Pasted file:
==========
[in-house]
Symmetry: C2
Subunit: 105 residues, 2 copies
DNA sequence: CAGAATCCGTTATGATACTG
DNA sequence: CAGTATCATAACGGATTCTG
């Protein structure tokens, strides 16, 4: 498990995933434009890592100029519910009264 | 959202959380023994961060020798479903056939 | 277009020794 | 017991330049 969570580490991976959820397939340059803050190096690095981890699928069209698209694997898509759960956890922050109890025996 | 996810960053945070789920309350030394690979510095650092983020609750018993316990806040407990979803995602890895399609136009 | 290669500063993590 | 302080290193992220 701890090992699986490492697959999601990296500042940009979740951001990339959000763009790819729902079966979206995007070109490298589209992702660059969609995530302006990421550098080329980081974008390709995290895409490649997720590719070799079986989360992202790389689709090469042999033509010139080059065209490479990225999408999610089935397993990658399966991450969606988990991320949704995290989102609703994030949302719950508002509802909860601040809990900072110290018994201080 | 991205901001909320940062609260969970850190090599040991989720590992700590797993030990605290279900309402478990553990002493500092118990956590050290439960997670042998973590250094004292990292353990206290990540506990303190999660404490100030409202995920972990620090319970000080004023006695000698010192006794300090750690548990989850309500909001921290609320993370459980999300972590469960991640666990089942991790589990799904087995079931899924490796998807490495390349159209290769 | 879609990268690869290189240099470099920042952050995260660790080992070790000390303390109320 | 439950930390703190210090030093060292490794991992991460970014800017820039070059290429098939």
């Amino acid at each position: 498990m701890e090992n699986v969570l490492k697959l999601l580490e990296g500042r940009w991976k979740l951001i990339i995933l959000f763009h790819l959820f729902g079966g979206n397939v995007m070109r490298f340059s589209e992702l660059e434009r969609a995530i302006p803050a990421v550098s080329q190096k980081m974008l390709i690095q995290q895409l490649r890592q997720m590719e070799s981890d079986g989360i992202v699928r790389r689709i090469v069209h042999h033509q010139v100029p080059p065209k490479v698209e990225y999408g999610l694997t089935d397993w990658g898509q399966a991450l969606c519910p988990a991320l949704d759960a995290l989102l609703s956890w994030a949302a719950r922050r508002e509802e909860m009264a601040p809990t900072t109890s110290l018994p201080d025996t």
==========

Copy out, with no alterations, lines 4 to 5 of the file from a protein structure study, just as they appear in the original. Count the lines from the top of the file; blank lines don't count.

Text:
DNA sequence: CAGAATCCGTTATGATACTG
DNA sequence: CAGTATCATAACGGATTCTG